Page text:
Today, with more news about pill mills, more citizens than ever before are being charged with possession and trafficking or prescription pain medicines. Possession of four (4) grams or more of certain substances could result in a criminal charge of drug trafficking, as opposed to the lesser offense of drug possession. Law enforcement has gotten very aggressive in its enforcement of drug laws. Holding a few pills for a loved one can get you thrown in jail, even if the medication has been obtained with a valid prescription.
Christopher Ayotte found this out in Pensacola, Florida last year. Mr. Ayotte and his girlfriend had gone out for a few drinks one evening. His girlfriend had asked him to hold some of her prescribed hydrocodone. An officer testified that he had observed Mr. Ayotte showing some pills to another bar patron and possibly exchanging them. The officer also testified that Mr. Ayotte confessed that he was selling the pills to pay for drinks. Mr. Ayotte denied making any such statement(s) and testified that the pills only left his pocket accidentally, when they fell out as he reached for cigarettes in the same pocket.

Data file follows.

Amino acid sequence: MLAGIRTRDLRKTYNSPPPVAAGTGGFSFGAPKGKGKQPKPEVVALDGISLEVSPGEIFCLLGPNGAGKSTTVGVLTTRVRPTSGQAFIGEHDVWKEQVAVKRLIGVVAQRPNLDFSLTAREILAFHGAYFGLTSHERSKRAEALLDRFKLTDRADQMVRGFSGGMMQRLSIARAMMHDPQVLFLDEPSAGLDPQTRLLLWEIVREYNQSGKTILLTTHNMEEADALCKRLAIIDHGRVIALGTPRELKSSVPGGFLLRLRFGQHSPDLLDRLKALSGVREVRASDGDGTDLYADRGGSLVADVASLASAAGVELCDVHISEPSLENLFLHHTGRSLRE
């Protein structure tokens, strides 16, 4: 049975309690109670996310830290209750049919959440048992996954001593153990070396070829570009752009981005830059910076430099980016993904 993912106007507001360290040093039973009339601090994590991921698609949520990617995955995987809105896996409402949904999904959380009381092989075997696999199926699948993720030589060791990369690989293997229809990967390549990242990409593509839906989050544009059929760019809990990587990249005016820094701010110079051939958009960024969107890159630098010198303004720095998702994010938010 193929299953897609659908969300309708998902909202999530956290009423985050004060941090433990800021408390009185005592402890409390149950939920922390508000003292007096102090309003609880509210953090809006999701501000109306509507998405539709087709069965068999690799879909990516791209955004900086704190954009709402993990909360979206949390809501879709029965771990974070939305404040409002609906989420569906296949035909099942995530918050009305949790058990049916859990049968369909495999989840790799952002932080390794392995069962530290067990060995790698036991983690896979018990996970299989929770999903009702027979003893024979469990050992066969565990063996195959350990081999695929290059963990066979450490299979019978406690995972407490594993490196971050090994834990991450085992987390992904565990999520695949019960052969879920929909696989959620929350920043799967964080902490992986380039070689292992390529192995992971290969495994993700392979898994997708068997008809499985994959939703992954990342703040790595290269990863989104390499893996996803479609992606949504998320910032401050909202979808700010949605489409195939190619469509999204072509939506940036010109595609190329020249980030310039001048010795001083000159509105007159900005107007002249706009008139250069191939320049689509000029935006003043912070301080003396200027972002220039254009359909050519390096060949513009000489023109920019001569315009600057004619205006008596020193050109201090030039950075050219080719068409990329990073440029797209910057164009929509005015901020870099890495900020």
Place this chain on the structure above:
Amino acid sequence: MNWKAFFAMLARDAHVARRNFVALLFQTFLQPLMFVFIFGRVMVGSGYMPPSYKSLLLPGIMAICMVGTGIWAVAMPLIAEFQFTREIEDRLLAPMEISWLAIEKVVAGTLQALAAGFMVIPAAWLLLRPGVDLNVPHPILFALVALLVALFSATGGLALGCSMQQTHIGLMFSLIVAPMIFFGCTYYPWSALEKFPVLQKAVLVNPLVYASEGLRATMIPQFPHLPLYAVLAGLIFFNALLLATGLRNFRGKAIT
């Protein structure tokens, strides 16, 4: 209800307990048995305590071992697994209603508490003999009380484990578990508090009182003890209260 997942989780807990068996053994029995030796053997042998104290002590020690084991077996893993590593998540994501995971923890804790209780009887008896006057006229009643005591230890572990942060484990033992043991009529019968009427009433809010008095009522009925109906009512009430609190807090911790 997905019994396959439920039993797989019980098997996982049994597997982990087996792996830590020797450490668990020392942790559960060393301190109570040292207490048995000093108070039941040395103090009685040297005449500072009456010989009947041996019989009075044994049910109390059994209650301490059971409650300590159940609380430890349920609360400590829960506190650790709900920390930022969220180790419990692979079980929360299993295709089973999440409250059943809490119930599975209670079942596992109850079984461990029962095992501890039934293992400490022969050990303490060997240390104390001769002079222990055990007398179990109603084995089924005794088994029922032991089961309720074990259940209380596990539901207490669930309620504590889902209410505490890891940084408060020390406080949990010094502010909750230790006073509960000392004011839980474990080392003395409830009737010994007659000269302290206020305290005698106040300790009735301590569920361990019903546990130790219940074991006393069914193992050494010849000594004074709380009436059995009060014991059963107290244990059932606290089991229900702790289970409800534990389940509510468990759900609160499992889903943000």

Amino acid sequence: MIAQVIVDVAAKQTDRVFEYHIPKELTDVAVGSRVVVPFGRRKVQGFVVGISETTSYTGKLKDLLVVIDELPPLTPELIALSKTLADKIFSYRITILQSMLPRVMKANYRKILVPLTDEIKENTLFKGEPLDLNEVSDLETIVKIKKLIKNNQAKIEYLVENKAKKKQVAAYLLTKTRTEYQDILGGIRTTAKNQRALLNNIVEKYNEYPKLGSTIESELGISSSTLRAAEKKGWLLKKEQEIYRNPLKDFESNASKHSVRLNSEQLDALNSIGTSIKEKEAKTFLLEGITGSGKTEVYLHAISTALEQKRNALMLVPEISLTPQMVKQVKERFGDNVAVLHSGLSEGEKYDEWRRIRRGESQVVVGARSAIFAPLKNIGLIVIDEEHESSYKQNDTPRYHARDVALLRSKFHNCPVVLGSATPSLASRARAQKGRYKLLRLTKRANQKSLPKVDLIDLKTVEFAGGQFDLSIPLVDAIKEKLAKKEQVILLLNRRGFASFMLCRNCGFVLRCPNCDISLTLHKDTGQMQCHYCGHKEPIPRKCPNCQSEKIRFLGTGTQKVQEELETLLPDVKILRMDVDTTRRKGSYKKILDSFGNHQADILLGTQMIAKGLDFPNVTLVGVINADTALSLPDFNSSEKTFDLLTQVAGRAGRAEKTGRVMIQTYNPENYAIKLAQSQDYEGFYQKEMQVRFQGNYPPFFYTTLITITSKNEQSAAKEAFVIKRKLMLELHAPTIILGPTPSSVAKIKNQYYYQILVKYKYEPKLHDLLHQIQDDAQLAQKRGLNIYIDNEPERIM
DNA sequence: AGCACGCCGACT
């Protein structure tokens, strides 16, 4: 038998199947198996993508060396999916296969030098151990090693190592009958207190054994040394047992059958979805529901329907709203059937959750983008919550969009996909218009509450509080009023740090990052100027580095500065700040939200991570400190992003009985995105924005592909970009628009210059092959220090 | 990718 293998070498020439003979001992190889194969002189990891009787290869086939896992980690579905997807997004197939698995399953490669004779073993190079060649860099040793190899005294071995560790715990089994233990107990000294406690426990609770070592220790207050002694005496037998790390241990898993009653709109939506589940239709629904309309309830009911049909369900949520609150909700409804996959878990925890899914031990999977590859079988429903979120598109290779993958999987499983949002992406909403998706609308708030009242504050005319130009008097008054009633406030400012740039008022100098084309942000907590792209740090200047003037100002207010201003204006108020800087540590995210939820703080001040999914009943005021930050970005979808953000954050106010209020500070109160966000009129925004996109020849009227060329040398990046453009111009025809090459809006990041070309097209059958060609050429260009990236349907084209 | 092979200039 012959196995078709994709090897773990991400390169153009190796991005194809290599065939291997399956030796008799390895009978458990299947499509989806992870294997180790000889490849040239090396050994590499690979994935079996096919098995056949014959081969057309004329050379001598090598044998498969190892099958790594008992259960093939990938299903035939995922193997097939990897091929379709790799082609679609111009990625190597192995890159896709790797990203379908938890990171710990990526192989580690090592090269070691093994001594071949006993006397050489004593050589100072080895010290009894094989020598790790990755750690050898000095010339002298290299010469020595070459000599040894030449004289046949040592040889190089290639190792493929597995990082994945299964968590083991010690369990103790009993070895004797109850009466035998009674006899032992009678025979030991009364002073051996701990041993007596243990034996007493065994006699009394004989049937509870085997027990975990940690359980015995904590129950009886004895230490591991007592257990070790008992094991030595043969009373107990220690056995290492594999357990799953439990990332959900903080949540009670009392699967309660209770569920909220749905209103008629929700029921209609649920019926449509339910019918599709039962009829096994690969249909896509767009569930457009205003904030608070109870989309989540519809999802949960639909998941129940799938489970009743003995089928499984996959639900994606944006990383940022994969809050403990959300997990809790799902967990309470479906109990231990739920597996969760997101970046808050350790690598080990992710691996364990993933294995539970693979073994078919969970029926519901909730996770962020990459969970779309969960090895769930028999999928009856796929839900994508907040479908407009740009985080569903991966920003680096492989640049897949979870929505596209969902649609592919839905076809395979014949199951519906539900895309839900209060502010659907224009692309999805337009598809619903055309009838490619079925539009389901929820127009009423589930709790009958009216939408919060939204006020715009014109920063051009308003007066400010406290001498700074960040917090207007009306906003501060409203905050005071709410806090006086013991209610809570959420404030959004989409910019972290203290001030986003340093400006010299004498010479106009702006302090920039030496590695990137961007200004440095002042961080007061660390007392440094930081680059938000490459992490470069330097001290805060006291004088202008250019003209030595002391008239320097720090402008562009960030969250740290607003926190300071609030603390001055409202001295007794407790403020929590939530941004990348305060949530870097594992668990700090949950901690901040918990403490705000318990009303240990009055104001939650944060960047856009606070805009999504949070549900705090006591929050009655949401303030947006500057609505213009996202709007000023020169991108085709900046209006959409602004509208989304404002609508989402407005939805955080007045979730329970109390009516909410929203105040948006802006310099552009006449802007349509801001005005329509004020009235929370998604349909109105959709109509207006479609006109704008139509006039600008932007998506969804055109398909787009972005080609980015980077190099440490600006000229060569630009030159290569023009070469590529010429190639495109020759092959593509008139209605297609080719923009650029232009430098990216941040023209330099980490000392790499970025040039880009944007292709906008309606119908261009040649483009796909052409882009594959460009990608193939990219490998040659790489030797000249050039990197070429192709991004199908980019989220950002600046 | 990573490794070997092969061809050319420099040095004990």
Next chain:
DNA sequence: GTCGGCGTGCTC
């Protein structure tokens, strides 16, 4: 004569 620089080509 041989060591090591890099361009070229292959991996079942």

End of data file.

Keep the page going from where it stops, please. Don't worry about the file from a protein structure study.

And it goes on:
Mr. Ayotte’s case eventually went to trial, but even though it was undisputed that the pills had been obtained with a valid prescription by his girlfriend (who was with him), the jury was never instructed that there is a statutory exception to Florida Statutes section 893.135(1)(c)1, the drug trafficking statute. Mr. Ayotte was ultimately convicted of trafficking in hydrocodone.
Fortunately for Mr. Ayotte, the First District Court of Appeals held that the failure to instruct the jury as to the statutory exceptions to the prohibition on possession of hydrocodone when the substance is obtained by a prescription was fundamental error where the state failed to refute his defense that he was holding the pills for his girlfriend and argued that possession alone was sufficient to convict.
In cases involving the trafficking of prescription medications, it is extremely important that your lawyer specifically requests that the jury be instructed on the statutory exceptions to the possession of these substances. While we will never know what the jury might have done had they been given the instruction, Mr. Ayotte learned what happened when they did not. Don’t let that happen to you!
John M. Howe is Of Counsel at the Law Offices of Lesser, Lesser, Landy and Smith in West Palm Beach, Florida, handling all of the Firm’s criminal law cases. Mr. Howe is the President of the Palm Beach County Bar Association and a Director-At-Large of the Florida Association of Criminal Defense Lawyers. To learn more about Mr. Howe and LLL&S, visit them on the web at www.lesserlawfirm.com.